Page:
Rolf Sander Discusses Models for Atmospheric Chemistry

Scientist Interview: September 2011

Rolf Sander

In a recent analysis of Essential Science IndicatorsSM from Clarivate Analytics, Dr. Rolf Sander was named a Rising Star in the field of Geosciences. His current record in this field includes 43 papers cited a total of 1,013 times between January 1, 2001 and April 30, 2011.

Sander is a member of the Air Chemistry Department of the Max Planck Institute for Chemistry in Mainz, Germany.


SW: Please tell us about your educational background and research experiences.

I have studied chemistry and obtained my Ph.D. in 1994. Today I spend most of my time at the computer to develop code calculating the very complex mechanisms of atmospheric chemistry. However, in order not to lose contact with reality during my theoretical studies, I occasionally also join measurement campaigns which provide results that can be compared to the model results.

SW: What first drew you to atmospheric sciences? Is there a specific area within this field on which you focus, or do you maintain a wide variety of interests?

I had my first contact with atmospheric chemistry while I was a graduate student at Düsseldorf University, Germany. At that time I read a newspaper interview with Paul Crutzen, who has contributed substantially to the explanation of the ozone hole and who later received the Nobel Prize for his work. I decided to start my Ph.D. in this environmentally very important as well as scientifically interesting field of atmospheric chemistry. I moved to the Max-Planck Institute in Mainz and Paul Crutzen became my Ph.D. supervisor. Since then, halogen chemistry has been my favorite research topic. However, there are of course many other areas I'm interested in as well.

SW: One of your most-cited original papers from our database is the 2002 J. Geophys. Res. Atmos. paper you coauthored, "Modeling halogen chemistry in the marine boundary layer—1. Cloud-free MBL," and several other papers of yours deal with halogen chemistry. Why are halogens so important, and what have you found out about them over the years? What would you say is the ultimate goal or benefit of this work?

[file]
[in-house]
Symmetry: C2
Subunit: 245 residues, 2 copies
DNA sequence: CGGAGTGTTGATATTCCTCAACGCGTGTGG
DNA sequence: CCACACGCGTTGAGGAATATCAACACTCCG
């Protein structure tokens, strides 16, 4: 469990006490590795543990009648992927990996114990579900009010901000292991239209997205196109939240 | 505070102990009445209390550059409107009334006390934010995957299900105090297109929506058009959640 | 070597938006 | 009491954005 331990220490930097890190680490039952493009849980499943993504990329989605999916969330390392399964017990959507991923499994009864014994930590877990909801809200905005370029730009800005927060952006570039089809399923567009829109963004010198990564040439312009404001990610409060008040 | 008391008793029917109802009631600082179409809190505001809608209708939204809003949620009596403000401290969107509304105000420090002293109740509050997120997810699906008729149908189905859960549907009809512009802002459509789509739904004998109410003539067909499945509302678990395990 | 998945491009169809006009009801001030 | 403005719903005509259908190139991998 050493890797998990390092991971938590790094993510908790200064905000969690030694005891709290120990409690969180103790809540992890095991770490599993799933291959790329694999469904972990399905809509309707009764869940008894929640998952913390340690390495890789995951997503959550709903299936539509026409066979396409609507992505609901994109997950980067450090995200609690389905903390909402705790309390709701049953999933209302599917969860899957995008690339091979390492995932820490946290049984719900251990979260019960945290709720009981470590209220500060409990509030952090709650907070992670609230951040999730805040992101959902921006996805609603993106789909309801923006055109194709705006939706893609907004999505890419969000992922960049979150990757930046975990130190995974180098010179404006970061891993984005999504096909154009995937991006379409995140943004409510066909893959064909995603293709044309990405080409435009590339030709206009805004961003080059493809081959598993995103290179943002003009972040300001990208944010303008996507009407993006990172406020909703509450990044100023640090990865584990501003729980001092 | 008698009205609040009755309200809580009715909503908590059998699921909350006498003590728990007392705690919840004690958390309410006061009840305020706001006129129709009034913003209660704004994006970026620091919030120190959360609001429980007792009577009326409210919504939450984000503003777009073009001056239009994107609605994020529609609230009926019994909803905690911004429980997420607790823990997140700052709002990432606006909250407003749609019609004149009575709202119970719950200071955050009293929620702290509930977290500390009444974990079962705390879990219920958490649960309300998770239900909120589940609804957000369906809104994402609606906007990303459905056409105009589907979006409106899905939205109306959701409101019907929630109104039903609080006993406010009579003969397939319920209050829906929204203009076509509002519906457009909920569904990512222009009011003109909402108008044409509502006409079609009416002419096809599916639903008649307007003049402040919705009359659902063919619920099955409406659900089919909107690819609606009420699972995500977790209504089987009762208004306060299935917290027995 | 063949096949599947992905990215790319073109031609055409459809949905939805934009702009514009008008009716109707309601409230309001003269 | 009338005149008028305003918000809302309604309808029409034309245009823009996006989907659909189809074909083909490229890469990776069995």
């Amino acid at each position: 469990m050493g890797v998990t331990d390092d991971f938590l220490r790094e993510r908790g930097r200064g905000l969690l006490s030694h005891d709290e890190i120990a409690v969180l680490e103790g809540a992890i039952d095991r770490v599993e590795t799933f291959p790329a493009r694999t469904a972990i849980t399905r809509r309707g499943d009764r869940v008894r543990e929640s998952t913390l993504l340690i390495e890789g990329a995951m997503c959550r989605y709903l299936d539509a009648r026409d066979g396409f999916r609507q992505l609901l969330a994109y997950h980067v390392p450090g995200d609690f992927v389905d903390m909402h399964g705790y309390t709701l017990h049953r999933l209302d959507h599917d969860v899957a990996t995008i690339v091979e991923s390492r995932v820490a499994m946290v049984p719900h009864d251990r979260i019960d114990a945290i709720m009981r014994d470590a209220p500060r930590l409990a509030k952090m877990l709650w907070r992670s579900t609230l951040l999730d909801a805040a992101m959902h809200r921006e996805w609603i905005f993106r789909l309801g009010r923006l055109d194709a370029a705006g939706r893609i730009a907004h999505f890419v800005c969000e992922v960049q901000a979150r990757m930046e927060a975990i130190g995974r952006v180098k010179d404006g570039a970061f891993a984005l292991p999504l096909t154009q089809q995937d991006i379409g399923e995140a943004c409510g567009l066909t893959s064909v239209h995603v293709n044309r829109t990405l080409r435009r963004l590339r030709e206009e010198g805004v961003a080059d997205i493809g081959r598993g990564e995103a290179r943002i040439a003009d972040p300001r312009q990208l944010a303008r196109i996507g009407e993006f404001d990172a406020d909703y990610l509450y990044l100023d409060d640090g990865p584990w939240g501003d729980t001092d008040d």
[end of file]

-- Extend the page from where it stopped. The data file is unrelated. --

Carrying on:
"To improve our understanding further, we need to couple these separate models into comprehensive Earth System Models."

It is well known now that halogens in the stratosphere create the ozone hole. In addition, halogens also affect the chemistry in the lowest level of the atmosphere, the troposphere. Ozone and highly toxic elemental mercury in near-surface air in polar regions can disappear completely in the spring. This is caused by reactive halogens (mostly bromine compounds but also iodine and chlorine).

We studied how chemical reactions similar to those in polar regions can also affect ozone and organics over the ocean. If we want to be able to understand the ozone hole and to make climate predictions on a global scale, the chemistry of these tropospheric ozone depletion events needs to be understood first.

SW: You've worked on the development of several atmospheric chemistry models, such as MECCA and MESSy. Can you give us a rundown of these models and their uses?

MECCA is a flexible atmospheric chemistry model that contains reactions of many different compounds: ozone, halogens (chlorine, bromine, iodine), production of sulfuric acid ("acid rain"), organic chemistry (e.g. methane, isoprene), and mercury chemistry.

MESSy is an interface with infrastructure to couple individual physical or chemical processes to a global climate model. It contains submodels describing these processes, and it also is a coding standard. In contrast to its self-deprecating name, MESSy is a very modularized and highly-structured system.

A key concept of our model development is that we make the code freely available to the research community. We think this is the best way to improve scientific knowledge and to obtain a large base of colleagues who contribute to developing, maintaining, and using the model.